Elaine Meinel Supkis
Investment in innovation in America is dropping. More researchers must spend more time seeking money. I also found a new toy, a government website: the United States International Trade Commission. Instead of just relying on unreliable news stories, it is always best to check out the official lies. Of course, every time one looks at the trade statistics and then visits all the free trade organizations that brought this catastrophe upon us, it makes the head spin.
The total grant money dedicated to the field has barely outpaced normal inflation over the last decade, but lab costs (especially salaries of students and fellows) have shot up at a much faster rate: grant buying power has declined by 15 percent as a result. Because of this, researchers are applying for more grants, sending the competition up and success rates down: overall funding rates have dropped from 38 percent to 22 percent. New investigators, who are generally thought to take more aggressive and innovative approaches, are faring even worse as their success rates have dropped by more than half and now stand at only 12 percent.
The net result is that the academic community is now devoting far more of its time to writing grants, a shift that has come at the expense of directing and publishing research. In the past, academics have had an escape route from the pressures to retain funding: the "blue sky" research labs run by major companies, such as AT&T's Bell Labs. But the report refers to these institutions as "once great," since recent years have seen them closed, sold off piecemeal, or refocused on product development.
Combined, these changes have caused US research output to shrink in comparison to the rest of the world. Based on publications in Physical Reviews B and E, the US contribution to papers has remained flat over the last decade, while papers originating from other countries have nearly doubled. The report predicts that this reduced output will ultimately exact a price on the American economy.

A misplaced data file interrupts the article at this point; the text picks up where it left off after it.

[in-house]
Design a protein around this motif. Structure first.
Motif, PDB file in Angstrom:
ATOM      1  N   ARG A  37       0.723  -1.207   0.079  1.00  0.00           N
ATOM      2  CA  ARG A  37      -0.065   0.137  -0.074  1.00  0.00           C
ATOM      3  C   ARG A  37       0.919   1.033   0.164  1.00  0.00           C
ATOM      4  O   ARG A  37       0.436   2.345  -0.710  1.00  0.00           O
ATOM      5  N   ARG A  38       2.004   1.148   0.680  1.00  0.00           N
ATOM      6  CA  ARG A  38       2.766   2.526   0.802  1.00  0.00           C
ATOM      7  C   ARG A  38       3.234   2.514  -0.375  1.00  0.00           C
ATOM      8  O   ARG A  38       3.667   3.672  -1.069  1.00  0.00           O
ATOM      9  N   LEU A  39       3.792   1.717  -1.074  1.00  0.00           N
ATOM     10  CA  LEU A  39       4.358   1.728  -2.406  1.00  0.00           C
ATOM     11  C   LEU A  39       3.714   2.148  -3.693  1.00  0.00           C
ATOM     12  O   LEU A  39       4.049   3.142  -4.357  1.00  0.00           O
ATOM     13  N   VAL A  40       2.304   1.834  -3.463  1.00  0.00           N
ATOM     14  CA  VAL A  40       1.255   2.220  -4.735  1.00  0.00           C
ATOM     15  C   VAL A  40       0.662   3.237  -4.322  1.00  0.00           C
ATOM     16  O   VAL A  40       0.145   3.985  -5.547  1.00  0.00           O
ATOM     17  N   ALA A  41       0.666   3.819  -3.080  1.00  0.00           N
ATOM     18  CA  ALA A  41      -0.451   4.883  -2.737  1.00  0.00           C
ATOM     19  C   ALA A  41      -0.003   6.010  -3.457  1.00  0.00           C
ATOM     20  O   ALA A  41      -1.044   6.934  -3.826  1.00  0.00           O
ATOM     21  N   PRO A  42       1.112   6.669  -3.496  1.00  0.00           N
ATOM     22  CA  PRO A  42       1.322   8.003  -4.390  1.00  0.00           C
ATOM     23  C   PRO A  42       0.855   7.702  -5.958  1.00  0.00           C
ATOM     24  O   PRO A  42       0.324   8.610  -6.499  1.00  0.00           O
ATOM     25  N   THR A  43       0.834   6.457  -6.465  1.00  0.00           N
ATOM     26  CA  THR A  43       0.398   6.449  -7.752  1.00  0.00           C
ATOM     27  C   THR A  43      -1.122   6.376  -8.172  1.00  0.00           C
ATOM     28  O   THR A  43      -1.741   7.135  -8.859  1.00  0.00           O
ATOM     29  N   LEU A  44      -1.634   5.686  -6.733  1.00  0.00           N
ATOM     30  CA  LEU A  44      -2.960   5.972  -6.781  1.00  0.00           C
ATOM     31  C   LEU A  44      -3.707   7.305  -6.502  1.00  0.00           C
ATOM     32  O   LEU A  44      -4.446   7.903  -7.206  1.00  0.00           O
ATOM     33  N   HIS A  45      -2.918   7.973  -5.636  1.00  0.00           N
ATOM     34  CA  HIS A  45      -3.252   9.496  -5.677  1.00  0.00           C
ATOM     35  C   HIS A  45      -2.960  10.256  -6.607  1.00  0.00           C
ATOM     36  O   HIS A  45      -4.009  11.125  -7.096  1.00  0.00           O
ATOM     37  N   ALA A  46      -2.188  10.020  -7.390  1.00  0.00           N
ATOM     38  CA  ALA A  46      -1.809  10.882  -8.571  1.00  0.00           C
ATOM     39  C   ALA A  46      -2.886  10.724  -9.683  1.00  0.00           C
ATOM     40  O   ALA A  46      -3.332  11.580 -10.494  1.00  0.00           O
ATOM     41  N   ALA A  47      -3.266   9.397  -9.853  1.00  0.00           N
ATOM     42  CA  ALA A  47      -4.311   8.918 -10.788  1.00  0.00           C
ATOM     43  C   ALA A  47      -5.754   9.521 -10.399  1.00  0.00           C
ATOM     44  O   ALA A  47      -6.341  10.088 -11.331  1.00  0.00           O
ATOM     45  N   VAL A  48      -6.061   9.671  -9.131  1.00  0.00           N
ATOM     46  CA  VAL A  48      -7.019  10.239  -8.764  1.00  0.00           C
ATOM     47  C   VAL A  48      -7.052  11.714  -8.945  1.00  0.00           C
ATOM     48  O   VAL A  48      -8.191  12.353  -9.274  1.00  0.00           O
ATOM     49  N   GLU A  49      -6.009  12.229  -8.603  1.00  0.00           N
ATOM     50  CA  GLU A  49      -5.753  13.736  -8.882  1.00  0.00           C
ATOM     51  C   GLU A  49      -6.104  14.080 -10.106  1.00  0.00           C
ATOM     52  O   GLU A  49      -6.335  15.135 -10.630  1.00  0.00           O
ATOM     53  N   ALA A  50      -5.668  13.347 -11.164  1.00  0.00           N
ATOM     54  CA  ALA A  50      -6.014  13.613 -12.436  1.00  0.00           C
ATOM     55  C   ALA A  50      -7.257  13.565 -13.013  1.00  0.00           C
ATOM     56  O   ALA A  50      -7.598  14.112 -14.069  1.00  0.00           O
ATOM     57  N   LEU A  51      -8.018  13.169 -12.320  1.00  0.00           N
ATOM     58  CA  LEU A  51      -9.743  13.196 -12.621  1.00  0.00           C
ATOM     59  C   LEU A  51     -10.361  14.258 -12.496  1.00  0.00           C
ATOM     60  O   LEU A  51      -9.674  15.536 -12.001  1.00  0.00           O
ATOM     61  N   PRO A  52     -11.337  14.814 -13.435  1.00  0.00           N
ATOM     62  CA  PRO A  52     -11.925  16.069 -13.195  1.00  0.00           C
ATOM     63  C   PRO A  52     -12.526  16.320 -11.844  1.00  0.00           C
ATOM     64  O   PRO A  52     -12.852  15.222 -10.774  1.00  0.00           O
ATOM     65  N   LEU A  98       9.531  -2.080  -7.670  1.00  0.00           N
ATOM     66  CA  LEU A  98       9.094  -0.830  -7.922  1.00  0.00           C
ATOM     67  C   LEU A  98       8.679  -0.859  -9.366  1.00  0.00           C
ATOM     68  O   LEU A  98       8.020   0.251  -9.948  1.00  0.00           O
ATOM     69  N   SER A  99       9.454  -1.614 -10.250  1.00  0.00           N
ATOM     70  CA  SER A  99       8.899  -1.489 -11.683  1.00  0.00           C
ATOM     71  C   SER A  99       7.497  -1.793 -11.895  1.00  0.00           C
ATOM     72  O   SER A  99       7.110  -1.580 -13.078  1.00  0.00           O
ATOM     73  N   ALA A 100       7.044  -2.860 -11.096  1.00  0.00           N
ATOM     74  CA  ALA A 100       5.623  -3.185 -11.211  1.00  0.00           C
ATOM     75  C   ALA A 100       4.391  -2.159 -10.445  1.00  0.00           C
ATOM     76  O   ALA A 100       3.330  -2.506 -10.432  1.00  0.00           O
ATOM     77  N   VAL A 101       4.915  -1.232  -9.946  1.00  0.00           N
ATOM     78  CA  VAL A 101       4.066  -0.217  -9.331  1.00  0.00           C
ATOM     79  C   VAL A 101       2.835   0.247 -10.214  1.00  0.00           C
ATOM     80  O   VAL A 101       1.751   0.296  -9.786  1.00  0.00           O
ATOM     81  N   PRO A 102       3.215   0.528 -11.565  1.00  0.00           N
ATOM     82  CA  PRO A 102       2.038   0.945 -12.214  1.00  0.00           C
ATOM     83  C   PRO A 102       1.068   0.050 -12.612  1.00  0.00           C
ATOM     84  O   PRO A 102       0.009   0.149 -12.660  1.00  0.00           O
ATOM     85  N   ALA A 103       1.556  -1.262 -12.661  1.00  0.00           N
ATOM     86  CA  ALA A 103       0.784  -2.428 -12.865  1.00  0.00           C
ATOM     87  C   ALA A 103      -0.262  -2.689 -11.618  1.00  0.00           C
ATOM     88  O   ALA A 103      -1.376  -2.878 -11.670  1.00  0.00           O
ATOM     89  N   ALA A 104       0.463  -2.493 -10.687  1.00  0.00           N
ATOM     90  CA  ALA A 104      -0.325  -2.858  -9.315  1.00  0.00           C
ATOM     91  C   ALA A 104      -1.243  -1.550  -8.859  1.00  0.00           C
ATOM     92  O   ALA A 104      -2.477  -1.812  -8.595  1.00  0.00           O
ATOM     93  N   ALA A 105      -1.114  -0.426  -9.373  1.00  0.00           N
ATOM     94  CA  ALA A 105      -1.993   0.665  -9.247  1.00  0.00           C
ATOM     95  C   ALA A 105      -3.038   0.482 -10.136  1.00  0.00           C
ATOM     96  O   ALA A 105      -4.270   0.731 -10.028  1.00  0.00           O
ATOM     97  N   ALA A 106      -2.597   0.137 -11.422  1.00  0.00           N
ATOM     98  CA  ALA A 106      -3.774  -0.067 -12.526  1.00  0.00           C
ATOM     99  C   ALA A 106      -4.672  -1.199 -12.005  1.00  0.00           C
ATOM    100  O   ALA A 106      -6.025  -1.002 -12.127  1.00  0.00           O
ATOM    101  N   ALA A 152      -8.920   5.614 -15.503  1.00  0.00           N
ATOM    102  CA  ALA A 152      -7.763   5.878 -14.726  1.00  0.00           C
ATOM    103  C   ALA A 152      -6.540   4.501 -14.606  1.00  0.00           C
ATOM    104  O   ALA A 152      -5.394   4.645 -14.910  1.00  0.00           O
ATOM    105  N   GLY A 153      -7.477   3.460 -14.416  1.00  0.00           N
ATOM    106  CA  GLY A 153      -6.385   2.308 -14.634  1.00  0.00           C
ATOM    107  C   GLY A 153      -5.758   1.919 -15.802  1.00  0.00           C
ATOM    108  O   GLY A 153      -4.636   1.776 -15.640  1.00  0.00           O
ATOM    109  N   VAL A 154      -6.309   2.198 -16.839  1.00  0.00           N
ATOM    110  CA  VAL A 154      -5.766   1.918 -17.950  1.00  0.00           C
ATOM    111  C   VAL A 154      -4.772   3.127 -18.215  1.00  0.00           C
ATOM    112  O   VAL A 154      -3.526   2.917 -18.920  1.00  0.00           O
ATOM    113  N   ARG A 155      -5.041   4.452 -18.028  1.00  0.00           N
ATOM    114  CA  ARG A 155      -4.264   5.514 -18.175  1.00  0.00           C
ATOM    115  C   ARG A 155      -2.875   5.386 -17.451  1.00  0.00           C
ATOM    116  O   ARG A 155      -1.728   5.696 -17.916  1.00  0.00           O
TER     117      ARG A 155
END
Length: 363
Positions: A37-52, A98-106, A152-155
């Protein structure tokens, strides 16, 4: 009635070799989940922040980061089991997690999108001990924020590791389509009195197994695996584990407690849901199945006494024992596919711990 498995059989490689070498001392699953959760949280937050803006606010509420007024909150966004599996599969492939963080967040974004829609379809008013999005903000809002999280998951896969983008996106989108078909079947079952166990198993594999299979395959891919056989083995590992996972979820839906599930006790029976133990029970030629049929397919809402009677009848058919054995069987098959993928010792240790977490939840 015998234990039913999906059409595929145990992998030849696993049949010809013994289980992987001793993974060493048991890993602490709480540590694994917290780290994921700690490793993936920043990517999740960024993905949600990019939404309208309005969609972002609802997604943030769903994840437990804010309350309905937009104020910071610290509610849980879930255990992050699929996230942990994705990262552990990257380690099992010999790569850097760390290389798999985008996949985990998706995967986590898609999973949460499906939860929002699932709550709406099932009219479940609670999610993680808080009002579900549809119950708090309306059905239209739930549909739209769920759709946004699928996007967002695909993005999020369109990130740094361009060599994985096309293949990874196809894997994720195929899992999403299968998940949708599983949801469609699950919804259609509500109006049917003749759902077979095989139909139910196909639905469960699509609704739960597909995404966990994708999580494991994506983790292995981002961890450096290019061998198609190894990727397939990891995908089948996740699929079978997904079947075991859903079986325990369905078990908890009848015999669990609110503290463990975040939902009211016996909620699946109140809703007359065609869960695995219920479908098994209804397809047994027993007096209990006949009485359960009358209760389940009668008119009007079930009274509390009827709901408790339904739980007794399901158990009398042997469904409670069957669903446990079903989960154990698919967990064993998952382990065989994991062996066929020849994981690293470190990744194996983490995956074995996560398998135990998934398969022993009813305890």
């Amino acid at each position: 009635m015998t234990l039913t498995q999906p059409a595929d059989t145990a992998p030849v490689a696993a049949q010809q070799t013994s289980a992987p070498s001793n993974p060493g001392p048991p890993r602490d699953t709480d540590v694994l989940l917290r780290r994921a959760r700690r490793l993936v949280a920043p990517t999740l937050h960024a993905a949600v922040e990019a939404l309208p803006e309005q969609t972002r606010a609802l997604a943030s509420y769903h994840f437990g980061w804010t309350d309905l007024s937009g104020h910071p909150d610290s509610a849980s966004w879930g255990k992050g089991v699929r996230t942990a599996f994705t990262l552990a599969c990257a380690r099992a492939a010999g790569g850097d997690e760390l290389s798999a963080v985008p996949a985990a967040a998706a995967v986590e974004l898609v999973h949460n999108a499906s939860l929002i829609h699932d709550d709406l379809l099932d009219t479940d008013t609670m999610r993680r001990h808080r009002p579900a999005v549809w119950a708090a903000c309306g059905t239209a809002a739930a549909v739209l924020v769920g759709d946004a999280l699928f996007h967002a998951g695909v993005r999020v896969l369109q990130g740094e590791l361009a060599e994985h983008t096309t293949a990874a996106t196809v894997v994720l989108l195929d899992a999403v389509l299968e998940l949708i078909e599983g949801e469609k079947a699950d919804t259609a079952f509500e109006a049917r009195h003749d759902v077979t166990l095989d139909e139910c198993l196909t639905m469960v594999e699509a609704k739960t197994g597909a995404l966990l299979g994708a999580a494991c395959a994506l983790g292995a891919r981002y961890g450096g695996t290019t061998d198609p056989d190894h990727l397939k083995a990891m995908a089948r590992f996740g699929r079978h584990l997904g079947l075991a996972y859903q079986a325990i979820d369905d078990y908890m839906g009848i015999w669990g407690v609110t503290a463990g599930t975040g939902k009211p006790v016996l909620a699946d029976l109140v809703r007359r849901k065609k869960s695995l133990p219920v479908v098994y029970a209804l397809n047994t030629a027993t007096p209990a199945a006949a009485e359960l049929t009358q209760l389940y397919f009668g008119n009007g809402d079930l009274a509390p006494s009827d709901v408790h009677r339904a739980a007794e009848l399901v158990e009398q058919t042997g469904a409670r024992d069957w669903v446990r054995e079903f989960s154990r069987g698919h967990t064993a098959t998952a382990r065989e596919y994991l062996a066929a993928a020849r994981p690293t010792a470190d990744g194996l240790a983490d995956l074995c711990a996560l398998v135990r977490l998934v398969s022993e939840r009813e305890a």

I knew inventors who worked for General Electric, Norton, IBM and Texas Instruments. I used to work for some of this organizations in the past. These great labs are now just a memory, the research was first farmed out to various universities and this is now gradually filtering away seeking lower wages and cheaper climes. The last time I worked for a research lab in the USA at RPI, only three researchers were Americans and only one graduate student was born in the USA. Most were from Eastern Europe or Asia. It was interesting to see how all of them were forced to use English but most of them, avid good readers, were poor speakers and the tendency was for the scientists of similar langage skills to hang out with each other. They all asked the Americans for help with their papers.
But the pipeline is now empty as far as our own pool is concerned. My father-in-law was a chemist who did research and has many inventions to his name and even 20 years ago, it was noticable that foreigners were being hired rather than Americans...because they were cheaper. Like a host of former American companies, it was sold to the French and is now run by outsiders and the American branch is no longer the head.
For a long while, there were many jobs in the computer field in research and development but the days when Americans born here dominated are gone. Nearly totally. My own family has been hit by all this. Changing majors, watching job possibilities vanish, others working for IBM ended up being go-betweens to China and then half of that was sold to China who moved the headquarters out of the Hudson Valley to a former slave state that has low taxes and cheap labor. On and on this goes, the only bits left are the military/industrial complex components.
And the policies of the US Federal Reserve is directly responsible for this:
Here are even uglier figures showing the irresponsibility of Greenspan and now, Bernanke--the Net Financial Investment figures:
2001: $-4.5 billion
2002: $-273.1 billion
2003: $-130.9 billion
2004: $-496.5 billion
2005: $-380.7 billion
2006: $-275.6 billion
2007: $-396.4 billion, first quarter
The fiction that we are 'growing' our economy and that we are 'strong' is pure fiction. Proof is our inability to save, to fill our bank vaults, to spend on things that matter rather than on new ways for killing people. The Chinese keep needling us about this. We refuse to sell them the things we are developing yet we want them to buy from us but we manufacture little aside from weapons systems and of course, inappropriate gas guzzlers.
Every week I add a new government agency or commission to my 'Goverment statistics' folder. This latest one is always in the news in their futile, stupid efforts to fix our trade mess. Of course, their 'fixes' are bandaids on a gaping wound. We are like the Monty Python Black Knight in the Holy Grail: armless and soon, legless, we make threats, 'None shall pass' as Arthur contemptuously gallops on by.